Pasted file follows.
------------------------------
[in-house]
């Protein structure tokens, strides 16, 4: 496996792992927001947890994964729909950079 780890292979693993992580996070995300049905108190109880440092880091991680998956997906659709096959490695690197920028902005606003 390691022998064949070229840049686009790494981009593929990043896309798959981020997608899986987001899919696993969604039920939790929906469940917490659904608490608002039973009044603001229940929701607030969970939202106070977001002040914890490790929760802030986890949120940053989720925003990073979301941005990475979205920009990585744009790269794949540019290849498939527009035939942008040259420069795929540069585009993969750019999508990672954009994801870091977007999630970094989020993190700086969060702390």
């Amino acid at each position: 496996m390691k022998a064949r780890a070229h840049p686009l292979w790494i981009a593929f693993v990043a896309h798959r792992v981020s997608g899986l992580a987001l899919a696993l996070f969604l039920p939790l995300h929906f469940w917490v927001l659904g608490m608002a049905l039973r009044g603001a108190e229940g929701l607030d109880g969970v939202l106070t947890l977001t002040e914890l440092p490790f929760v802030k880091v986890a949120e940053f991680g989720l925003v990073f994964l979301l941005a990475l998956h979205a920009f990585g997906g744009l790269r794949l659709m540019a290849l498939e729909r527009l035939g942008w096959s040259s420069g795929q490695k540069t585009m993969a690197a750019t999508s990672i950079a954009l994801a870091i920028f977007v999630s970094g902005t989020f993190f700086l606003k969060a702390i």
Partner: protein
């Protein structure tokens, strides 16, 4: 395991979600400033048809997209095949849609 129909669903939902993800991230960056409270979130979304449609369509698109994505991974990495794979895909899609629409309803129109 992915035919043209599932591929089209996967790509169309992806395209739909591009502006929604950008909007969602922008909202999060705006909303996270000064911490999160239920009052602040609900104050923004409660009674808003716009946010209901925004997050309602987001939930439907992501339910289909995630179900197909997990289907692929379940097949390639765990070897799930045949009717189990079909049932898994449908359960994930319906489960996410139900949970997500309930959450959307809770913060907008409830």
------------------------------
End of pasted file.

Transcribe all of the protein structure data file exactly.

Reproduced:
[in-house]
């Protein structure tokens, strides 16, 4: 496996792992927001947890994964729909950079 780890292979693993992580996070995300049905108190109880440092880091991680998956997906659709096959490695690197920028902005606003 390691022998064949070229840049686009790494981009593929990043896309798959981020997608899986987001899919696993969604039920939790929906469940917490659904608490608002039973009044603001229940929701607030969970939202106070977001002040914890490790929760802030986890949120940053989720925003990073979301941005990475979205920009990585744009790269794949540019290849498939527009035939942008040259420069795929540069585009993969750019999508990672954009994801870091977007999630970094989020993190700086969060702390």
């Amino acid at each position: 496996m390691k022998a064949r780890a070229h840049p686009l292979w790494i981009a593929f693993v990043a896309h798959r792992v981020s997608g899986l992580a987001l899919a696993l996070f969604l039920p939790l995300h929906f469940w917490v927001l659904g608490m608002a049905l039973r009044g603001a108190e229940g929701l607030d109880g969970v939202l106070t947890l977001t002040e914890l440092p490790f929760v802030k880091v986890a949120e940053f991680g989720l925003v990073f994964l979301l941005a990475l998956h979205a920009f990585g997906g744009l790269r794949l659709m540019a290849l498939e729909r527009l035939g942008w096959s040259s420069g795929q490695k540069t585009m993969a690197a750019t999508s990672i950079a954009l994801a870091i920028f977007v999630s970094g902005t989020f993190f700086l606003k969060a702390i």
Partner: protein
């Protein structure tokens, strides 16, 4: 395991979600400033048809997209095949849609 129909669903939902993800991230960056409270979130979304449609369509698109994505991974990495794979895909899609629409309803129109 992915035919043209599932591929089209996967790509169309992806395209739909591009502006929604950008909007969602922008909202999060705006909303996270000064911490999160239920009052602040609900104050923004409660009674808003716009946010209901925004997050309602987001939930439907992501339910289909995630179900197909997990289907692929379940097949390639765990070897799930045949009717189990079909049932898994449908359960994930319906489960996410139900949970997500309930959450959307809770913060907008409830």